Montoucet offers insight into LDWF plans, issues

Louisiana Department of Wildlife and Fisheries Secretary Jack Montoucet took time to answer a few questions from Louisiana Sportsman recently and provided some insight into himself and some hot topics for the Louisiana outdoors. Here is that interview:

Question: You’ve been an alligator farmer, a fire chief, a state representative and now a wildlife secretary. That’s a diverse background. Which was your favorite gig and why?

Montoucet: Alligator farming allowed me to do cool things such as utilizing alligator fat for biodiesel and developing an alligator meat market in the United States, which was both challenging and rewarding. I also love working with animals, especially alligators. Nothing more Louisiana than that! The other three were as rewarding because they involved providing services that helped people and dealing with the public. Those positions were also challenging because each involved crucial budget issues that would stand up communities in need. However, by far, alligator farming was my favorite.

LDWF Secretary Jack Montoucet
LDWF Secretary Jack Montoucet

Question: You’re unique among secretaries because you also have to work with an appointed commission for rule-making and other operations. Do you believe the current system of a secretary and an appointed commission is still the best way to serve the state’s resources and sportsmen?

Montoucet: I believe that the current system is the best way to serve our hunters and fishermen since it allows them to have a direct voice about policies, rules and regulations that affect them, both professionally and personally. The public forum gives access to individuals who often share ideas that reshape proposed regulations and those already in place. That’s what this system affords our residents. Many other states have similar systems, but not exactly the same.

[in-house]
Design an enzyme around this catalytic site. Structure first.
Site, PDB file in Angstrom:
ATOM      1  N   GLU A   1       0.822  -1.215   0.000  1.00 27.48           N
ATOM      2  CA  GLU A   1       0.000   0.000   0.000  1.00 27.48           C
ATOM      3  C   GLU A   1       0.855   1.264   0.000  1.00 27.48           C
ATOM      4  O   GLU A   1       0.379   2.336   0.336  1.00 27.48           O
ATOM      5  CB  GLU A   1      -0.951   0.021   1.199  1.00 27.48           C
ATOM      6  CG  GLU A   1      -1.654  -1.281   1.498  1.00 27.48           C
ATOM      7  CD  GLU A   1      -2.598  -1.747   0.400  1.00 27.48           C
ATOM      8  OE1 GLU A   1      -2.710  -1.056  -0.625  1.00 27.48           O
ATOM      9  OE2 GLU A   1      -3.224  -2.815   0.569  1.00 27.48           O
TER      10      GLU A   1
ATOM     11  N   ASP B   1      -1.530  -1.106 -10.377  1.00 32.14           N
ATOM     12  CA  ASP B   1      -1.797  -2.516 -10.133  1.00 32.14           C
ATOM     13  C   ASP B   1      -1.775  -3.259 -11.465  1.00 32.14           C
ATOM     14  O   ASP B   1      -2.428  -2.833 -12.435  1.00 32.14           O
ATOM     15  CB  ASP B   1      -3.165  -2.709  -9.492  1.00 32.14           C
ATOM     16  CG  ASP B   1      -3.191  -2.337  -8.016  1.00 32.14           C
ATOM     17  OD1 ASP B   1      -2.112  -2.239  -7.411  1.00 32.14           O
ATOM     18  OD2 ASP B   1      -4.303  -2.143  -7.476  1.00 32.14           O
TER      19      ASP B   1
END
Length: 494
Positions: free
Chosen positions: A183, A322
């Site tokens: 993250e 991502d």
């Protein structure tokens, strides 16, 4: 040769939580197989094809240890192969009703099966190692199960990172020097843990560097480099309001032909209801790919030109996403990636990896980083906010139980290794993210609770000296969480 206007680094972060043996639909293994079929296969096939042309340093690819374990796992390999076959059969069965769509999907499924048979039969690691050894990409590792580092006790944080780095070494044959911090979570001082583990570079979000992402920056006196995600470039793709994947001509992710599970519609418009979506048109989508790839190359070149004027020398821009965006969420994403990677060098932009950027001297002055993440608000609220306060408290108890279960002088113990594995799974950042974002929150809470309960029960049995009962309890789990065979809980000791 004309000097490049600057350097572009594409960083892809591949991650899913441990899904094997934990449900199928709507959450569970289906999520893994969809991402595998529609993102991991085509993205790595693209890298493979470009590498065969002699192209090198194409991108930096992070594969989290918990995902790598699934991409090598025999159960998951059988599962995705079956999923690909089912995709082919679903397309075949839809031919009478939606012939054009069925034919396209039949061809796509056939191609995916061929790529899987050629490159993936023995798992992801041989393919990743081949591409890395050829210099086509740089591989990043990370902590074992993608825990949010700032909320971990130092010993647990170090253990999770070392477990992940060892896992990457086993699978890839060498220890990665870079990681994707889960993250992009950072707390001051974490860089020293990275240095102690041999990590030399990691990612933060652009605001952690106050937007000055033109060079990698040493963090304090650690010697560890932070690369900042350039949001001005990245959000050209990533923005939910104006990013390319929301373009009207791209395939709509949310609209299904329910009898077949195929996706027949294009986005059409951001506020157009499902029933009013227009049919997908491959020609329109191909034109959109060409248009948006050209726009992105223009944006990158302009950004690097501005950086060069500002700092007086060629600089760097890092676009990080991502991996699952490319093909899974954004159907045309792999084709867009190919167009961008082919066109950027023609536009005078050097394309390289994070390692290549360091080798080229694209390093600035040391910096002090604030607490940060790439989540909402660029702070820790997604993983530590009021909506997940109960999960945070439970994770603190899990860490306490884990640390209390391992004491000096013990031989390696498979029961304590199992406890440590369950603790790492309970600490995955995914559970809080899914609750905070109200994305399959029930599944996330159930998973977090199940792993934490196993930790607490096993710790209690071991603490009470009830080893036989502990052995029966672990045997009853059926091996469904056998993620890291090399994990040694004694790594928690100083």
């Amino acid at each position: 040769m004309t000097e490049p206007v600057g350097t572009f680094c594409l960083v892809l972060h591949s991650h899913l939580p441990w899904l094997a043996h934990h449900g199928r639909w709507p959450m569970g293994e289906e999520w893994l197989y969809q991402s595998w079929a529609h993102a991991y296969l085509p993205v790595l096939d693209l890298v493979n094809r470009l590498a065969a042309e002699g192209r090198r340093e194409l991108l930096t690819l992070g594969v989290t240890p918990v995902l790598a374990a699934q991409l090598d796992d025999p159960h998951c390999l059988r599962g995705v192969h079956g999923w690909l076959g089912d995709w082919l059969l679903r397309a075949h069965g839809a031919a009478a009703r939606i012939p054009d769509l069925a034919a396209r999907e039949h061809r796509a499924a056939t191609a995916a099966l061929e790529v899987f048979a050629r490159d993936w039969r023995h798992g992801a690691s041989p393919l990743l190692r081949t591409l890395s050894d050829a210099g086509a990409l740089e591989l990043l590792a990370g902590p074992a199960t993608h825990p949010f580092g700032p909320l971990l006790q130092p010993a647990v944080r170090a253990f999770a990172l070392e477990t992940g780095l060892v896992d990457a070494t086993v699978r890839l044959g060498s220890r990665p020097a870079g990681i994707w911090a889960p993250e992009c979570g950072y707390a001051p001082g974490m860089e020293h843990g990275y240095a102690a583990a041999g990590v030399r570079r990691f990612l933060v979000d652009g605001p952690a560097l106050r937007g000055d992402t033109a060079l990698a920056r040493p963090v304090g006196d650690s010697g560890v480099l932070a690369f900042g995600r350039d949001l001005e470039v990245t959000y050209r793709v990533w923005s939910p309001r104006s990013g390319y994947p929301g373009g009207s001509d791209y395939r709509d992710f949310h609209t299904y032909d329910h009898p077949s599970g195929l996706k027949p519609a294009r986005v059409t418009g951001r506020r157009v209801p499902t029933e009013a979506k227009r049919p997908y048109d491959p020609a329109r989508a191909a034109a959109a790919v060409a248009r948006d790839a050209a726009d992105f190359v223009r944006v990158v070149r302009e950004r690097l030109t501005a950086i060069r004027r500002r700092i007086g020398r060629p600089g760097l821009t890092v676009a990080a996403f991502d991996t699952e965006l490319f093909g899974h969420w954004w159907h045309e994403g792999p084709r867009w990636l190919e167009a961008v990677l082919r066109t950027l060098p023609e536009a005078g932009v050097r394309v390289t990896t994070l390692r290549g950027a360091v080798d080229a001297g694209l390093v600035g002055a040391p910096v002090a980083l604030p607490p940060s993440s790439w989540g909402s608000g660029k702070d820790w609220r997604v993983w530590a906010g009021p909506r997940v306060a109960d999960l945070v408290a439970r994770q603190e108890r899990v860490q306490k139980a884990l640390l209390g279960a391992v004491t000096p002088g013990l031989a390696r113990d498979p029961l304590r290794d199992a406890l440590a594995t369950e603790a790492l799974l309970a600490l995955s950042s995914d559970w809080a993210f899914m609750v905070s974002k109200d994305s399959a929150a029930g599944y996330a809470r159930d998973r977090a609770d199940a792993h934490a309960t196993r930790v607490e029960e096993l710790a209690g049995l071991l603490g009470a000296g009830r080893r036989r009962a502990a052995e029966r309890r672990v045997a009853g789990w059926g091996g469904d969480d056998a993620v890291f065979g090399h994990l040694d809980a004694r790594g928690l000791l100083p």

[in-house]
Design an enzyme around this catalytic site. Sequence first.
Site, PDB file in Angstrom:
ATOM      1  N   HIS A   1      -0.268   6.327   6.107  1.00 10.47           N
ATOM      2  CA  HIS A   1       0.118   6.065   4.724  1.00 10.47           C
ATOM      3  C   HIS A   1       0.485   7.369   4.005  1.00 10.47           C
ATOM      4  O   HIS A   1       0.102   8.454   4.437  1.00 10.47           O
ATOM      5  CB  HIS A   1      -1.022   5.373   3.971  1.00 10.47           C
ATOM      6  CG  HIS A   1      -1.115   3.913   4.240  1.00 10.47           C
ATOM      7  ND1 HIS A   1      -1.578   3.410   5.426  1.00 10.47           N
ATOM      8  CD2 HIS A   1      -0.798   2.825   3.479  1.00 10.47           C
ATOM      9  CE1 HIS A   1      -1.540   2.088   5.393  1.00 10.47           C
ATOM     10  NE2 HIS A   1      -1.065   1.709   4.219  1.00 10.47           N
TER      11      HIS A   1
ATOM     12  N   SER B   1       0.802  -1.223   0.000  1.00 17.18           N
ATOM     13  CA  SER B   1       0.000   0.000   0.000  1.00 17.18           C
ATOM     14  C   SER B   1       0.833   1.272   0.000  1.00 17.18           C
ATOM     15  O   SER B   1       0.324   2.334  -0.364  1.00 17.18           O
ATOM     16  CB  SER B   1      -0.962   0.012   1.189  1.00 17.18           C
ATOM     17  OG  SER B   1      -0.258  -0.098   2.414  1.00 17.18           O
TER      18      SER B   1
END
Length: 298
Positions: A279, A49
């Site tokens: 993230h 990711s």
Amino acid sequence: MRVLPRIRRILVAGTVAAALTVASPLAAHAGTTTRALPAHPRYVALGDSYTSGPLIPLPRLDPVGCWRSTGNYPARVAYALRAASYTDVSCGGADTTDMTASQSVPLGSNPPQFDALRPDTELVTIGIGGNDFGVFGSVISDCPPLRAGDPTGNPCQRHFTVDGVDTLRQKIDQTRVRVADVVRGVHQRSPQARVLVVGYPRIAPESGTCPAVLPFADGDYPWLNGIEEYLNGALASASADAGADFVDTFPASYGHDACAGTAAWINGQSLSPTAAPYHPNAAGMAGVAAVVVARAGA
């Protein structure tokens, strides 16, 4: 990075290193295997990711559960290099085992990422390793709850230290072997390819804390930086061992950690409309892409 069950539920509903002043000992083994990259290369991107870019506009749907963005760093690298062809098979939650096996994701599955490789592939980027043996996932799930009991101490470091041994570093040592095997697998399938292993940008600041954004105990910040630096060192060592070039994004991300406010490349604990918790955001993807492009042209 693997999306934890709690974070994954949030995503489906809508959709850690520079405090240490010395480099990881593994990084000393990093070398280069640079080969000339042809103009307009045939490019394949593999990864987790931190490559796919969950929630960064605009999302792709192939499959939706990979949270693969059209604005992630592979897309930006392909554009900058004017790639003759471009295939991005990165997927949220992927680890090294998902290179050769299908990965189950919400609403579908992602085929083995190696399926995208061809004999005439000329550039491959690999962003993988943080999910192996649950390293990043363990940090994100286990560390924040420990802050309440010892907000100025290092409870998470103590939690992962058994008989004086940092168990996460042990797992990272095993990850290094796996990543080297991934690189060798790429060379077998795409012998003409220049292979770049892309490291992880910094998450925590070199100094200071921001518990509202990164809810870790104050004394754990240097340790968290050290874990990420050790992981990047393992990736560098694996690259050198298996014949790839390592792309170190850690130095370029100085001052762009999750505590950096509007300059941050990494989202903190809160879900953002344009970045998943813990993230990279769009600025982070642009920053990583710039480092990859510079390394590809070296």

Question: You’ve spent the past five years endeavoring to reimagine the revenue picture at the Department of Wildlife and Fisheries. A big part of that vision goes live June 1 with the consolidated licensing structure. What changes should the average hunter and fisherman expect in terms of costs and privileges?

Montoucet: I have looked at this department through the lens of a businessman. In doing so, I have attempted to do things out of the box to overcome the deficit the department was experiencing when I was appointed. Consolidating and restructuring licenses was imperative to address a looming $20 million deficit. I am continuously looking at ways of getting things done that would benefit the department financially. By consolidating some of our licenses, our citizens have more privileges in some instances for only a slight increase in cost. The average outdoorsman will probably see an increase of about $8. Our most avid sportsman who bought every privilege with the Louisiana Sportsman’s license will see no change. Additionally, the old license structure was cumbersome and complex, which acts as a barrier for new hunters and anglers. We hope this license restructure eliminates that barrier, and paves the way for new license holders.

Question: The new licensing structure will result in financial and operational changes for the department, too. How will this revenue restructuring enhance the department’s mission?

Montoucet: As a businessman, I knew we had to monitor expenditures until we could find additional revenue sources. My first few years at the department we had to reduce contracts and not fill vacant positions to help keep the Department whole. The new revenue from the restructure will enable us to fill all the vacant positions responsible for managing our resources and properties. By filling vacancies, we can catch up on the backlog of work needed on our properties and our fish and wildlife evaluations. This will give us more opportunities for the public to have access to Wildlife Management Areas for people to enjoy more of what Louisiana has to offer.

Recreational licenses purchased on or after June 1, 2022, will be valid for 365 days from the date of purchase. These licenses will no longer follow the July 1-June 30 year.
Recreational licenses purchased on or after June 1, 2022, will be valid for 365 days from the date of purchase. These licenses will no longer follow the July 1-June 30 year.